Green lives with his family in Kintore, one of Australia’s most remote communities located in the Northern Territory about 530 km west of Alice Springs. He had only just started his feral camel management business, Pintupi Livestock, when he travelled to Canberra to commence the inaugural residency at Bandalang Studio in late 2022.

Established by The Australian National University (ANU) School of Engineering, the studio is a meeting, collaboration and design space for students, researchers and practitioners whose work is anchored in Indigenous ways of thinking, knowing and doing in engineering, technology and design.

‘Bandalang’ is a Wiradyuri language name that means ‘joining’ or ‘junction’ and symbolises the spirit of connection and collaboration that is integral to the mission of the ANU studio.

“Going home to Kurlkurta, I can reconnect with my past. I feel free.”

Patrick Green

As Australia continues to experience ecological catastrophes caused, in part, by post-colonial land management practices, the ANU School of Engineering recognised it was high time to start listening to First Nations people. Practitioners such as Green, whose people have been thriving on this land for some 80,000 years without depleting its resources, are drawing on traditional knowledge to devise modern solutions.

Bandalang Studio is putting Indigenous knowledge at the fore, not just for environmental sustainability, but for the health of people and community. Fundamental to Indigenous knowledge systems is a transdisciplinary way of operating, underpinned by a philosophy that a whole system must be considered to find answers to problems.

In celebration of this philosophy, the studio has opened a series of well-paid, well-resourced and flexible residencies for First Nations people from all disciplines. Residents do not need to hold a degree in engineering, or any degree at all.

As Bandalang’s first resident, Green contributed to the foundations of the studio in profound and unexpected ways. His insights enriched our capabilities and grew our understanding of how to learn from and support Indigenous knowledge in engineering.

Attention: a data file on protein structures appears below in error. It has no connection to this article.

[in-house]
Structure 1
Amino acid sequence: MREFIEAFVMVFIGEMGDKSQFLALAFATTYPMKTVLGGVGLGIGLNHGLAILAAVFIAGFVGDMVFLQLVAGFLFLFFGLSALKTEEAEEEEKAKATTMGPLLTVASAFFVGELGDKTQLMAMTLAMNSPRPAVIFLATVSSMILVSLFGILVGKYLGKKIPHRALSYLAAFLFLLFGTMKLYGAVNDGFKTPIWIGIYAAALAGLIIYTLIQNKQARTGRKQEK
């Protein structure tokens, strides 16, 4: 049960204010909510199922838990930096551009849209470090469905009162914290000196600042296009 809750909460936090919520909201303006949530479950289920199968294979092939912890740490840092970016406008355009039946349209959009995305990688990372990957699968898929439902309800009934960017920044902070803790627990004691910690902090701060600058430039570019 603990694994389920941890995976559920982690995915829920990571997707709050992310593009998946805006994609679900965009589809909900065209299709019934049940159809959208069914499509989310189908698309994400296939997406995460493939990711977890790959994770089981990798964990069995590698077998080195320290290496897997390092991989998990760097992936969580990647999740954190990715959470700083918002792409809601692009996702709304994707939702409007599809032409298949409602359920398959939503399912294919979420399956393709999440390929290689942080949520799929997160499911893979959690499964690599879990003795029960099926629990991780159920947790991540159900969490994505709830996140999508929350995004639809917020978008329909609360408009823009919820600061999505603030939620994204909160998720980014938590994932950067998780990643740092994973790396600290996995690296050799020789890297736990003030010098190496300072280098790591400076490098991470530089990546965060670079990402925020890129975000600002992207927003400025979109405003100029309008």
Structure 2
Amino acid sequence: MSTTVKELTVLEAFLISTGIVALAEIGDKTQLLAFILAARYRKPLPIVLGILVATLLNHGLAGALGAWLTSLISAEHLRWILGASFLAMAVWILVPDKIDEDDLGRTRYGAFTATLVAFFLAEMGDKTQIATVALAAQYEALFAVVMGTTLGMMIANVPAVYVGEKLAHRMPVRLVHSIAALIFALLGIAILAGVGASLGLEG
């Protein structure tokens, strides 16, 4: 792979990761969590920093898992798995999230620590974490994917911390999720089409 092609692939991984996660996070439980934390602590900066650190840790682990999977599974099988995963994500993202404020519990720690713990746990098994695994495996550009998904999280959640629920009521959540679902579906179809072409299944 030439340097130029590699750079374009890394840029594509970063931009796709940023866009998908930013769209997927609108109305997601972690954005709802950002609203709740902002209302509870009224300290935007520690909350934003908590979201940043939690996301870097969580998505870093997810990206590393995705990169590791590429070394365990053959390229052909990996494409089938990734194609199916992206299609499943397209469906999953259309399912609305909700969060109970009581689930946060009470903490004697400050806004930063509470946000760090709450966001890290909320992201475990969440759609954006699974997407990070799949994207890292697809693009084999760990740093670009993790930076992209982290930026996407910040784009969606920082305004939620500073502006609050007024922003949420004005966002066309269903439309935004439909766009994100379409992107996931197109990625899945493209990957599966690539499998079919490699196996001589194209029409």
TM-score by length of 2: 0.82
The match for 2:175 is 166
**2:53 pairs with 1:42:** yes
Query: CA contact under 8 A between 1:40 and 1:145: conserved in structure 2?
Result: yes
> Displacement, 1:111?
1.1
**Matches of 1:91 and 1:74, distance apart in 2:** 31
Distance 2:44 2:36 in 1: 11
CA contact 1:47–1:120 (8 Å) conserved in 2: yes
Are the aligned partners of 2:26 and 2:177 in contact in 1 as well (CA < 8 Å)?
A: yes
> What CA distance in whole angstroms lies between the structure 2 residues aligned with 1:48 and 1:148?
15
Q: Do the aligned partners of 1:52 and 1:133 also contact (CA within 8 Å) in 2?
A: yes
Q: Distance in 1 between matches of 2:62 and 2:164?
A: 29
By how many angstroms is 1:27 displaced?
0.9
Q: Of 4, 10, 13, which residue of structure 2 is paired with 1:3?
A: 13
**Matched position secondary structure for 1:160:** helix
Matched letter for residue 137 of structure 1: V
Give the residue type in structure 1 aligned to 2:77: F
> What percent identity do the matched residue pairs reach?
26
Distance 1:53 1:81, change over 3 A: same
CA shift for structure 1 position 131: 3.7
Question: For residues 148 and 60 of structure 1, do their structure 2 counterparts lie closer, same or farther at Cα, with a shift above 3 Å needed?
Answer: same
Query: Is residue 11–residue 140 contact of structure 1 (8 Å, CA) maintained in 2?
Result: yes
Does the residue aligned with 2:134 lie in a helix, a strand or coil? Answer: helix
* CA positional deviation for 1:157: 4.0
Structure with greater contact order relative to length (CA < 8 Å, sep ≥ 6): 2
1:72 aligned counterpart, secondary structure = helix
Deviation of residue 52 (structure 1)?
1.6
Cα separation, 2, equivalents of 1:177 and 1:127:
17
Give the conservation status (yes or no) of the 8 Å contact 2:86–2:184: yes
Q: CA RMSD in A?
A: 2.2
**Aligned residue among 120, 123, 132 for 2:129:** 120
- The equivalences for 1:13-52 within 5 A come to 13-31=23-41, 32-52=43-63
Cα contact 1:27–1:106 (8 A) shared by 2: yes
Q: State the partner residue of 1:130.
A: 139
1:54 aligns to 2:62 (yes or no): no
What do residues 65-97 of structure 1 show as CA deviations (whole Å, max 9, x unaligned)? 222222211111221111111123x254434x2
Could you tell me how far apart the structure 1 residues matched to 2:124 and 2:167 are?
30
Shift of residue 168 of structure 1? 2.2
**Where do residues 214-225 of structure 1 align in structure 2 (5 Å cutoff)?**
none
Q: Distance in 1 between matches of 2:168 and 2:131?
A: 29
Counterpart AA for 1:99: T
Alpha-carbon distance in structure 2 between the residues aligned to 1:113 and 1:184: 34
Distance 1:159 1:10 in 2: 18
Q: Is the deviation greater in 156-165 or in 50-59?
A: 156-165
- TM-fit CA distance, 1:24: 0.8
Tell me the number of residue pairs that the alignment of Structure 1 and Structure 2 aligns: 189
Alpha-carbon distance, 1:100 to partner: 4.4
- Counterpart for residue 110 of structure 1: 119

Backing people like Green is why the studio has been established. By supporting his work, we’re supporting his community. The health of this community directly correlates to the health of Country. Via these interconnected relationships, we are able to see the power of Indigenous knowledge systems.

When Tjakamarra sunk those bores in the 1990s it was an act of resilience. He knew that access to water was key to access to Country and culture. He used his traditional knowledge of water near sacred sites and made the water available for future generations using Western design and technology. It was a critical moment for his people and Country, and it resonates through his grandson’s work today.

“As the first-born grandson I am a Traditional Owner of this land. Going home to Kurlkurta, I can reconnect with my past. I feel free,” Green says.

‘We Were Free Before’ now stands in the ANU Birch Building, and, like Green’s adaptations of the water pumps on Country using new technology, his piece is a continuation of his grandfather’s legacy.

Bandalang Studio is seeking thinkers, practitioners, academics and people with non-traditional career paths for residencies and other work opportunities. To learn more, visit eng.anu.edu.au/bandalang.